Technology adoption, development flexibility necessary to securing a bright future in deepwater

May 1, 2019

As one of the areas most affected by the downturn, the offshore oil and gas industry continues to give much consideration to the future of the deepwater sector and how it can ensure its sustained viability.

Several factors indicate a healthy, sustainable future for deepwater. Firstly, deepwater reserves represent a significant part of the global energy mix. The development of these reserves will continue to drive the sector for the foreseeable future and beyond.

Secondly, the industry has done a tremendous job to drive sustainable cost reduction in deepwater developments. While the supply chain has galvanized this contraction, much has been achieved through the adoption of different technologies and development methodologies. An example of this has been the increased use of tiebacks as a way to leverage existing infrastructure as opposed to developing new greenfield production facilities.

Finally, the industry has been moving away from highly customized and heavily engineered products to more standardized, modular, and configurable systems.

Before the downturn, deepwater developments were becoming increasingly detailed and bespoke. Already challenged by ever-lengthening return cycles and long-term capital commitments, they became further beleaguered by schedule and costs overruns. Standardization helps reverse this effect by significantly lowering costs and sustainably reducing development cycle times. Alternative development approaches that simplify drilling and field layouts also lend themselves to the standardization effort.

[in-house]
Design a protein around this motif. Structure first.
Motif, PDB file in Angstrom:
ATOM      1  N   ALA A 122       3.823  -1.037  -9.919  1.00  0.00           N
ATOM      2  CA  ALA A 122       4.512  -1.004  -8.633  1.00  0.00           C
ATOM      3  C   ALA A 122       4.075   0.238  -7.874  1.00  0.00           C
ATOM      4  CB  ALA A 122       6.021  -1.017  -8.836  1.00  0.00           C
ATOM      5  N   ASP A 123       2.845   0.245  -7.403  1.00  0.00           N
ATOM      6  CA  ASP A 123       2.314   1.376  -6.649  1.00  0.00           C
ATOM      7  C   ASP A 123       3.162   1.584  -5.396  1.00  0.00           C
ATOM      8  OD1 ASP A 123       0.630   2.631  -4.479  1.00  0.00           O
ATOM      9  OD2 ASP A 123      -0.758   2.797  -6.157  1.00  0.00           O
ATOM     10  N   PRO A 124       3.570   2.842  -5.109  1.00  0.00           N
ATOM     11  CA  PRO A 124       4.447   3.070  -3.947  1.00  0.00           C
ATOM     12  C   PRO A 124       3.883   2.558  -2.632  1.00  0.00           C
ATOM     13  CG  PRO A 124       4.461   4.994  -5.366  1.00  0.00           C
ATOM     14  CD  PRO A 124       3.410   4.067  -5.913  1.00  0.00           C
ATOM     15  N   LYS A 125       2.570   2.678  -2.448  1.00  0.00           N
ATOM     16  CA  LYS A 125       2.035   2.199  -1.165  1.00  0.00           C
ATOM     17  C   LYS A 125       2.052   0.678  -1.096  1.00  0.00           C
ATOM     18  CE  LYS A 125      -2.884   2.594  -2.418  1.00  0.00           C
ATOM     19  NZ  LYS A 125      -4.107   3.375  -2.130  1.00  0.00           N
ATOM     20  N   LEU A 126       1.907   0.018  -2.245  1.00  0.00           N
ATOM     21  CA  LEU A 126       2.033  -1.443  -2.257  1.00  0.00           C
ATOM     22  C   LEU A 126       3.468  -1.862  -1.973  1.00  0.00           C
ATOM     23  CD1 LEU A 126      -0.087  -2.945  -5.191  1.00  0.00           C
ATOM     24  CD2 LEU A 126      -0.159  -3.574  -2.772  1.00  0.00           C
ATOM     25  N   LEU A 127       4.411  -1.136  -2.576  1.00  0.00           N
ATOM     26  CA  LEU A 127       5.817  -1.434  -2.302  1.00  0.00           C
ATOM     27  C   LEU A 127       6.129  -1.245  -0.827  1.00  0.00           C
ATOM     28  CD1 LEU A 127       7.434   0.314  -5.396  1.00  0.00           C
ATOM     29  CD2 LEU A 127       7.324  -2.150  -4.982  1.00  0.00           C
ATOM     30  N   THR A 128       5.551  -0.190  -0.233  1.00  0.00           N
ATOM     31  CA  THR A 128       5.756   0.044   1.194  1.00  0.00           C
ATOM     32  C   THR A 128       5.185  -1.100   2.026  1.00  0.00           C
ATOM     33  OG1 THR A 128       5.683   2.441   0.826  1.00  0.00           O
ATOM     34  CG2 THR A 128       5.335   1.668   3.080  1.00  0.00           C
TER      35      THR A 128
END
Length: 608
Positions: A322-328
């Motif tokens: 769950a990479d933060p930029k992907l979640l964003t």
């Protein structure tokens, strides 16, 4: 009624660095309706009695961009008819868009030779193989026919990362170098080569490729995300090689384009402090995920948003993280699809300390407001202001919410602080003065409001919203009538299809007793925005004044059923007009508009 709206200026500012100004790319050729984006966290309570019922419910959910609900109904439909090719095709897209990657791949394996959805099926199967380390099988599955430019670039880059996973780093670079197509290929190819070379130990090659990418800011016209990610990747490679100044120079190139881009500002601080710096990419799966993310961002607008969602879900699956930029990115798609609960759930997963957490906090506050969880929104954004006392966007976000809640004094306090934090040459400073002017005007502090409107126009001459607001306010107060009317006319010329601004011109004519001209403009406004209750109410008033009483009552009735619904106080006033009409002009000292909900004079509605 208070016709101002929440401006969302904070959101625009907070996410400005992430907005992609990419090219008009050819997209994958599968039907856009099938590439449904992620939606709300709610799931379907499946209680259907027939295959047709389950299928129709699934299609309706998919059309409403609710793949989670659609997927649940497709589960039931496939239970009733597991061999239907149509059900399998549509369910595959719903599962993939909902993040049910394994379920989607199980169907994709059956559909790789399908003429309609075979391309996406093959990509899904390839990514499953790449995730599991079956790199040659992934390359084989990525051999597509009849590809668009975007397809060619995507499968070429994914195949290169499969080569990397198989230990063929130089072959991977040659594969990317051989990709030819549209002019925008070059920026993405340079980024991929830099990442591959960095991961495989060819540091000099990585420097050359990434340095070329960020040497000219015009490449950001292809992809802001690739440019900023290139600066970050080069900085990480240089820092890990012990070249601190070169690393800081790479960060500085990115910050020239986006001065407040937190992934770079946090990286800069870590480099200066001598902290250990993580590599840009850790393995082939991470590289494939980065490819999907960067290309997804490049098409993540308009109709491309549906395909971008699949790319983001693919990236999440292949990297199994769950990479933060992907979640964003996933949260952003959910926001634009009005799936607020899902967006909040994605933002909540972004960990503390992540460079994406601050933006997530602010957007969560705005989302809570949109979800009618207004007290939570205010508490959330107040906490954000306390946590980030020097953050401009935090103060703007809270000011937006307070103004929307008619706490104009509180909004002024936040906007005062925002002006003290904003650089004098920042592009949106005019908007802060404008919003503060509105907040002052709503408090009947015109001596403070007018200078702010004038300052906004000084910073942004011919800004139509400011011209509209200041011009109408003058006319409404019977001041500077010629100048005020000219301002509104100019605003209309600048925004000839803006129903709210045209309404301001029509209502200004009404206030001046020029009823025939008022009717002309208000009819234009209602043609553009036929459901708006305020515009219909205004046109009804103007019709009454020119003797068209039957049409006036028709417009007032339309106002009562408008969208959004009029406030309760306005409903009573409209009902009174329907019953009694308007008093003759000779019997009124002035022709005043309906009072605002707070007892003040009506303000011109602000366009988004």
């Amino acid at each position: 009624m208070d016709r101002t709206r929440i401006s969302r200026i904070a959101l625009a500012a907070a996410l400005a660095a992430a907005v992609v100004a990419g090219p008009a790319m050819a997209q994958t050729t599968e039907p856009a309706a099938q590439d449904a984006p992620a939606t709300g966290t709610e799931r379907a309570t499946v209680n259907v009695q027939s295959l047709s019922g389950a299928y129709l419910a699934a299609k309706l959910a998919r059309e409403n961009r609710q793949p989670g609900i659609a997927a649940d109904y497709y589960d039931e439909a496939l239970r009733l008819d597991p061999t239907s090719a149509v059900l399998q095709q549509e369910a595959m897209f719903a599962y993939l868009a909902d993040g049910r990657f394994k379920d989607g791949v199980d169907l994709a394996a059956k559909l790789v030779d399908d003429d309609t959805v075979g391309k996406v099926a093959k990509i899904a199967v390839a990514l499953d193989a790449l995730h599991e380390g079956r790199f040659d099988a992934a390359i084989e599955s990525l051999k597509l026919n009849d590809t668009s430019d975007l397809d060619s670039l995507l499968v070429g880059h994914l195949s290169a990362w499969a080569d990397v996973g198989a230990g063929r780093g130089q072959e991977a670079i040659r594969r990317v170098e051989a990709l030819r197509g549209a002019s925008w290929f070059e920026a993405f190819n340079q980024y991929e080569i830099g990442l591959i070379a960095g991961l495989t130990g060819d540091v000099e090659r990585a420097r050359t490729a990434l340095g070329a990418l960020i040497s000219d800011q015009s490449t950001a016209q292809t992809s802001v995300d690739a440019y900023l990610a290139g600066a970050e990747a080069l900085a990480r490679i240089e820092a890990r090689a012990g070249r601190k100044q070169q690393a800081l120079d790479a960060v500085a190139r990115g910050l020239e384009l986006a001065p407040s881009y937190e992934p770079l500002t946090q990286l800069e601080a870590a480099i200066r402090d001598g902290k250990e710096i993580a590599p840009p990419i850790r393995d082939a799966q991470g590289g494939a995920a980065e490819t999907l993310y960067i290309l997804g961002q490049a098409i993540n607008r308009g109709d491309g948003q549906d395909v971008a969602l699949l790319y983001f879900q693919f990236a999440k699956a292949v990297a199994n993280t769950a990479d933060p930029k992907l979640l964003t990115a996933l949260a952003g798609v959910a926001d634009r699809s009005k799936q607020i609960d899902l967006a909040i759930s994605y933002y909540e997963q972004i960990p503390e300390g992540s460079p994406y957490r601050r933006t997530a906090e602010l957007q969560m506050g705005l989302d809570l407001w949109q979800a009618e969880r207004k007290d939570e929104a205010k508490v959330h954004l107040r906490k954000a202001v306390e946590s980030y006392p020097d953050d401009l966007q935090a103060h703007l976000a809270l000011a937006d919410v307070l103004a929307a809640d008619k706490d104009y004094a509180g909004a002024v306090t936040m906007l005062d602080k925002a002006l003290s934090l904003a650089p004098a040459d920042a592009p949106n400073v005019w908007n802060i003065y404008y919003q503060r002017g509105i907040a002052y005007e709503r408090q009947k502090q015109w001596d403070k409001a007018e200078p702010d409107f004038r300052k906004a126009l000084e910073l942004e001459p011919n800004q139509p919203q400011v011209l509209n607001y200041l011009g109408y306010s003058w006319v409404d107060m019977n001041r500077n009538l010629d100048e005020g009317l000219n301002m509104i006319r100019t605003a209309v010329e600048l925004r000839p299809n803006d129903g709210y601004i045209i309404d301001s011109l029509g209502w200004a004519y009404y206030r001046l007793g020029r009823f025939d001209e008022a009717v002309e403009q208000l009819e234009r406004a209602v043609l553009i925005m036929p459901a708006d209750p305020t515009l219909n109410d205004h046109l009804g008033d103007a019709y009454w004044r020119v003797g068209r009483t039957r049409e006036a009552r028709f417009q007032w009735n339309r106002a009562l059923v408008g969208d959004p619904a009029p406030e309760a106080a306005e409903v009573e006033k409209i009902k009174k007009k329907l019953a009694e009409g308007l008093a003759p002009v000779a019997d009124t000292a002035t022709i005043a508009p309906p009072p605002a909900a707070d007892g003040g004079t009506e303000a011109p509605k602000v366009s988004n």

Overall, the offshore industry has done an outstanding job of embracing methods of sustainable cost reduction.

As we look toward the future, technology will continue to play a critical role in the success of deepwater development. It will drive simplification and provide access to otherwise challenging fields. Furthermore, new technology will multiply the number of economically viable deepwater fields by reducing cycle time to first oil while expanding development flexibility, which allows systems to expand, adapt, and contract as new wells are added or taken away. This accelerated growth will be especially evident in marginal developments or when accessing bypassed hydrocarbons within existing fields.

Importantly, integrated technology and delivery approaches will provide further cost savings, optimized subsea architecture, reduced contractual risks, and improved performance over the life of the field. There is much to feel optimistic about in deepwater, but future success will not be without its challenges.

Technology is not only deepwater’s most crucial ally but also one of its main stumbling blocks. The industry remains slow to fully adopt new technology that can unlock deepwater’s full potential. Previously, the industry made great strides in collaborating on other issues, and it must once again work together to learn to efficiently use new technology. It is not just the responsibility of the operators; it must be an industry-wide effort. Historically, the industry has been risk-averse because those working within it all understand the cost of failure. However, this mindset must be balanced with the value of technology and how it can be deployed quickly and efficiently without taking unnecessary risk.

The deepwater environment itself will only get more challenging. The era of easy oil is long gone. Fields will get deeper. Reservoirs will get more challenging in fluid composition, temperature, and pressure. However, this temptation must be resisted to revert to past practices and remain focused on the fastest, most cost-efficient ways to produce from such complex environments. The industry needs to continue to adopt a standardized, modular system that can be configured to order. Simpler, leaner, and smarter products are necessary for cost-effective deepwater developments. These products can be up to half the size and half the part-count of a traditional offering and provide significant cost savings. They can further reduce installation complexity, interfaces, cost, and risk.

The industry has collaborated and shared its learnings to build a positive foundation from the downturn. With every indication of a positive outlook, the next few years should be an exciting time for the deepwater sector.